Britain and the US have sought to use strategic narratives to combat violence extremism, through shared stories and aggressive social media campaigns to cartoons and TV shows. On March 16th the US military dropped 60,000 pieces of paper out the sky with a cartoon rendering of what happens to people with they join ISIS. The international community views tactics like these as inadequate and silly.


The State Department’s Eid al-Fitr Celebration this year was themed “ The importance of Story Telling: Highlighting the Voices of Muslim Woman”. They had the bright idea to show a US propaganda, cartoon which depicts a Middle Eastern woman (without hijab) fighting off terrorists. Needless to say, the room filled with dignitaries from the Muslim community and MENA state officials did not clap. This tactic to combat violet extremism by targeting the youth appeared miscalculated and offensive.

It is quite difficult for a government to use a strategic narrative to combat violent extremism in practice. For one they lack the ethos. The US and other western countries are seen as the enemy and non-credible beacons of authority. They lack logos and ethos. ISIS connects to its supporters through an ideological and emotional frame. The US’s war on terror or their social media tactics are not successful with garnering enough emotional appeal to combat those interested in joining ISIS.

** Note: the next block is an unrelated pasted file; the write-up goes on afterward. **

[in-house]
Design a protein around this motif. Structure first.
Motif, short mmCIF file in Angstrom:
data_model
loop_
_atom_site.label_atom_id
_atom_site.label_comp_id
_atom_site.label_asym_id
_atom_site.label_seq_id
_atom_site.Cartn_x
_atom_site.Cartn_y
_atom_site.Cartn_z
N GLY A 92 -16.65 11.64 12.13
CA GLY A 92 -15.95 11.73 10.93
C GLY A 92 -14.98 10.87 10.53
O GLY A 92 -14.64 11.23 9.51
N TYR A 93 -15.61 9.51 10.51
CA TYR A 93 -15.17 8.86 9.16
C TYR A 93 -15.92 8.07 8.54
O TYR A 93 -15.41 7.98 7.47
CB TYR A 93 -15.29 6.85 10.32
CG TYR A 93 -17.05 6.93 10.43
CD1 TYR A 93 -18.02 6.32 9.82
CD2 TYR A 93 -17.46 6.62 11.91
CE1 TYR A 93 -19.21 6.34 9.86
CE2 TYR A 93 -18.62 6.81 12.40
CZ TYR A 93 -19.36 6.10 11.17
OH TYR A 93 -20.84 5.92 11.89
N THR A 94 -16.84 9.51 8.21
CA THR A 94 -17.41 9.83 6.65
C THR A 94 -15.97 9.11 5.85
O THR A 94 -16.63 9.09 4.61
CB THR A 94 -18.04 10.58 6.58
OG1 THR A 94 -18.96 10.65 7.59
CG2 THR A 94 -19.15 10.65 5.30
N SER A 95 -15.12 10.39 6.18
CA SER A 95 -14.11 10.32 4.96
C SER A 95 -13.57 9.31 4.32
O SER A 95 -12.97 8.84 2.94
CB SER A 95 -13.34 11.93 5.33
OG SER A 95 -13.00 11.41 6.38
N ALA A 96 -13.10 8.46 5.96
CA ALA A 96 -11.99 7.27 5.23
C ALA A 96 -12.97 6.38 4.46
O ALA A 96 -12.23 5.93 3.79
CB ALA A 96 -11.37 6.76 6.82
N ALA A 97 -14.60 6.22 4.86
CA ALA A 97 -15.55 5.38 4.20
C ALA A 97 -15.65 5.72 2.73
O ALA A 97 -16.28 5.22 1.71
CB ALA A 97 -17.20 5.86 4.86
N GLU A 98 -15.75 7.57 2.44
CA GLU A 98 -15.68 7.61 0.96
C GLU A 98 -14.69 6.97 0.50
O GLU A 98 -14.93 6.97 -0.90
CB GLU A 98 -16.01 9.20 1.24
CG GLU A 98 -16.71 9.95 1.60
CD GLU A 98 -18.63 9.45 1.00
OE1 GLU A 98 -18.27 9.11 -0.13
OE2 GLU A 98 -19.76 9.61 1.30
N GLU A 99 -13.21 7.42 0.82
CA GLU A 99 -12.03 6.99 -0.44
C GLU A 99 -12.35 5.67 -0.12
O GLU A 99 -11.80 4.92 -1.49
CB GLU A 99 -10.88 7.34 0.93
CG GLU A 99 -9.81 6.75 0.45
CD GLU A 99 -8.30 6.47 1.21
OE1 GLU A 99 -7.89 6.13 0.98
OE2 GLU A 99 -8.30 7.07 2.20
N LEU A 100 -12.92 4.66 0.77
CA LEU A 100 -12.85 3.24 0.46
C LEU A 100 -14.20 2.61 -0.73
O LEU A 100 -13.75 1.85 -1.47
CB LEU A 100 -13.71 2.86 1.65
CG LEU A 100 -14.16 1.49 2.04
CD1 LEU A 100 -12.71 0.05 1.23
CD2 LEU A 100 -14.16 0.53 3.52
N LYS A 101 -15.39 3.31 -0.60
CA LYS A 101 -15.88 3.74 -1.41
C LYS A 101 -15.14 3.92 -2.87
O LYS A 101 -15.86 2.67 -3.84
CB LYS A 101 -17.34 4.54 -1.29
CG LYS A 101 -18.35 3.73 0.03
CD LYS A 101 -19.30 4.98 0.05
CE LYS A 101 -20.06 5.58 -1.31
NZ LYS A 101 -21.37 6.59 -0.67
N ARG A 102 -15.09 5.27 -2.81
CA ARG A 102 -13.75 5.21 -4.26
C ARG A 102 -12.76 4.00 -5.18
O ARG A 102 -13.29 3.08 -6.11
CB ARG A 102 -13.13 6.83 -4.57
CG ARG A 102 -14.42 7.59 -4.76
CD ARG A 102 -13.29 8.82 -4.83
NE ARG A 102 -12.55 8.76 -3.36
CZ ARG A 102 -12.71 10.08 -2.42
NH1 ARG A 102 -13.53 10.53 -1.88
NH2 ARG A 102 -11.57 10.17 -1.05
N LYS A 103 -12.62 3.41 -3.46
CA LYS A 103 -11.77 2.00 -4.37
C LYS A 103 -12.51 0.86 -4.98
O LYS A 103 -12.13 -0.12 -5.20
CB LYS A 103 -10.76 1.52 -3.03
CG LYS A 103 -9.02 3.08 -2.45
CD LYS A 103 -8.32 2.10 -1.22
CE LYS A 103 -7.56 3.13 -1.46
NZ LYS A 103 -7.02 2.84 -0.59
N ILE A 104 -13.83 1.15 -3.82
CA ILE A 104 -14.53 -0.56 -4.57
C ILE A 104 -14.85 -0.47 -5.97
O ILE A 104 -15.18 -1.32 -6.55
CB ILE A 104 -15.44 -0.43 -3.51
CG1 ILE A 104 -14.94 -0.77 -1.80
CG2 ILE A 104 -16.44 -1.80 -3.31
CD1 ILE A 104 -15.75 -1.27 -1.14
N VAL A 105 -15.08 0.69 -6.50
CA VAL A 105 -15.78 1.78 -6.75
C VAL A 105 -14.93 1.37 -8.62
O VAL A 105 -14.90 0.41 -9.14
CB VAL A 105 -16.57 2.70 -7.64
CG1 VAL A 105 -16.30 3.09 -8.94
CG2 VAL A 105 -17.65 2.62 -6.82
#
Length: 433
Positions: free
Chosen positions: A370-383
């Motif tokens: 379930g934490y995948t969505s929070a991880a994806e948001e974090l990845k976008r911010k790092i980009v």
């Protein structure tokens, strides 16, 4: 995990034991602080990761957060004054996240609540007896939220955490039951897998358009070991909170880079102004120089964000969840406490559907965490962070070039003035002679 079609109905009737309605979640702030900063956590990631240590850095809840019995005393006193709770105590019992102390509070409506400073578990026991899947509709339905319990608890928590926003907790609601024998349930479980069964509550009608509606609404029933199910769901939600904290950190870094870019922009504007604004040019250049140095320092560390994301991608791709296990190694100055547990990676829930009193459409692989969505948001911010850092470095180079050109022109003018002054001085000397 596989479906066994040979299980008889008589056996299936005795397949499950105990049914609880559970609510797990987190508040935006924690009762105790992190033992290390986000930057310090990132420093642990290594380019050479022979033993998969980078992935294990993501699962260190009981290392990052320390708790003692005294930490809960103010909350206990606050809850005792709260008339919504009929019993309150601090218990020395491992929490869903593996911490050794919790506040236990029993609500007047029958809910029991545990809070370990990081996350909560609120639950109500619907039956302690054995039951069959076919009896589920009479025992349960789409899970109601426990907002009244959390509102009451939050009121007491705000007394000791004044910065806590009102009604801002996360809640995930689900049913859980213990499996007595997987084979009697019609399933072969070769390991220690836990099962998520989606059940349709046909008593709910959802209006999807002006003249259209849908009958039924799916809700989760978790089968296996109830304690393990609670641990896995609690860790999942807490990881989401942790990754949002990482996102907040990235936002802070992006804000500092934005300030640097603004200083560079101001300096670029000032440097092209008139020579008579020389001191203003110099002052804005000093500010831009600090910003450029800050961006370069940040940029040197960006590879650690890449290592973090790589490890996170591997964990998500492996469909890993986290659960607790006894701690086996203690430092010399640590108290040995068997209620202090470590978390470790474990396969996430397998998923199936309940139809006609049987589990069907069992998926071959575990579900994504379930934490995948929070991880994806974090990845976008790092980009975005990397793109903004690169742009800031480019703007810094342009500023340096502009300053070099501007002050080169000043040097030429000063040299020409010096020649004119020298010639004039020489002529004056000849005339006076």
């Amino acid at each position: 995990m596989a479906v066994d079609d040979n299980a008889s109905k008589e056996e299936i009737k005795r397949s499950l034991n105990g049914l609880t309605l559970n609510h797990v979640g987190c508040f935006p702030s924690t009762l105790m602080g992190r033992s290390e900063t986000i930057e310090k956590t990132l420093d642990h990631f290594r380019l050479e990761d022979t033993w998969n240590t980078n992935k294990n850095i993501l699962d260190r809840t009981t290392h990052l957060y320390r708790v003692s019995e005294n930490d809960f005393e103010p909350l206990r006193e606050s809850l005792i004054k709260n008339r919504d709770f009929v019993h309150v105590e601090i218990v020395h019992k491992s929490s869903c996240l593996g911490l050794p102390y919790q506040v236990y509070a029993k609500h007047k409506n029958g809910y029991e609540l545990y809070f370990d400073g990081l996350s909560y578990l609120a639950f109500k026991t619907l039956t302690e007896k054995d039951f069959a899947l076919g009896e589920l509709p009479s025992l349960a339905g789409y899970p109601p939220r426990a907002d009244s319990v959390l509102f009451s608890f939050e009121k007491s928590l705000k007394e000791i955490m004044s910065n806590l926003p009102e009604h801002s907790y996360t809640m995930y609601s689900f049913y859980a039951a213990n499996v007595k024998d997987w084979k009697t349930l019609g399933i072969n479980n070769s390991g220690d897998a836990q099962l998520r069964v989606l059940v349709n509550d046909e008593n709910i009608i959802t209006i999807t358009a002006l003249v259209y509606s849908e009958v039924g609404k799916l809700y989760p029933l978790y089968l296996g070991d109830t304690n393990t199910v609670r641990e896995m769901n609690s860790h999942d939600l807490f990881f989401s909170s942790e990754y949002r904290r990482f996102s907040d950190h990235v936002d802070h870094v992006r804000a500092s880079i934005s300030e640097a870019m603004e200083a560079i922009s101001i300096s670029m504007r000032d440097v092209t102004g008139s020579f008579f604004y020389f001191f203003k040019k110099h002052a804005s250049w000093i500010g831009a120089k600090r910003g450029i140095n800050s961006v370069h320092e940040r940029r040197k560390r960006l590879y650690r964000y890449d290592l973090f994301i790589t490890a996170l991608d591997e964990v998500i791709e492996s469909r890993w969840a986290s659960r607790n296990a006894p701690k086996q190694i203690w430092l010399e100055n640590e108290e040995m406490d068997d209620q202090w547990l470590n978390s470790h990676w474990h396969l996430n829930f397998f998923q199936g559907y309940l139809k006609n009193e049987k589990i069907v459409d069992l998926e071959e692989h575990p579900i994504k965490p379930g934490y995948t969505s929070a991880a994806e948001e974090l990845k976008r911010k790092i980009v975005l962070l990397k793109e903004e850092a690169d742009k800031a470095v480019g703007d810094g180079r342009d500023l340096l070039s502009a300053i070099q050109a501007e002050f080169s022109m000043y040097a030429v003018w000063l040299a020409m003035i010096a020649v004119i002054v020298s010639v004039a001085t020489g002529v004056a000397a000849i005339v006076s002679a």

The War on Terror as a strategic narrative played on the fears of the autonomy and safety of US citizens. The campaign was able to garner great support with the American people and Congress. The US knew their target audience and was a credible source to the American people. It falls down to any communication challenge: who is the audience, is your target audience actually accessing the information, is the person delivering the content a credible source? The US and other nations will need to think more strategically to combat the daesh complex, skillfully crafted ideology.

Shifting Complex: From the Battlefield to Your Bedroom

Powers and Jablonski puts forth the idea (and warns) that the Information Industrial Complex (ICC) is the 21st century Military- Industrial Complex (MIC). The key characteristics to this claim is the ICC’s linkage to the political economy and the same elitist members of government, tech, and business . They coined this co-dependent trifecta the “silicon triangle”. While I can see how Powers and Jablonski could compare the two during the late 20th century, I believe that ICT has a broader market than defense companies. Therefore, I actually refute giving it the same analogy on the basis of the tech world, no being able to sustain without the cushion of government contracts and grants to invent new mechanisms and develop new products.

The Internet was created mainly through large federal grants in the 70s and grew 10 fold in the 90s through congressional deregulation and other favorable policies. These programs titled ARPANET and NSFNET were the precursors to the internet. While the DOD practically invented the internet, it has now grown into a global tool that is regulated at a national level by different countries. The fear of the ICC doesn’t just include the Internet but also telecommunications.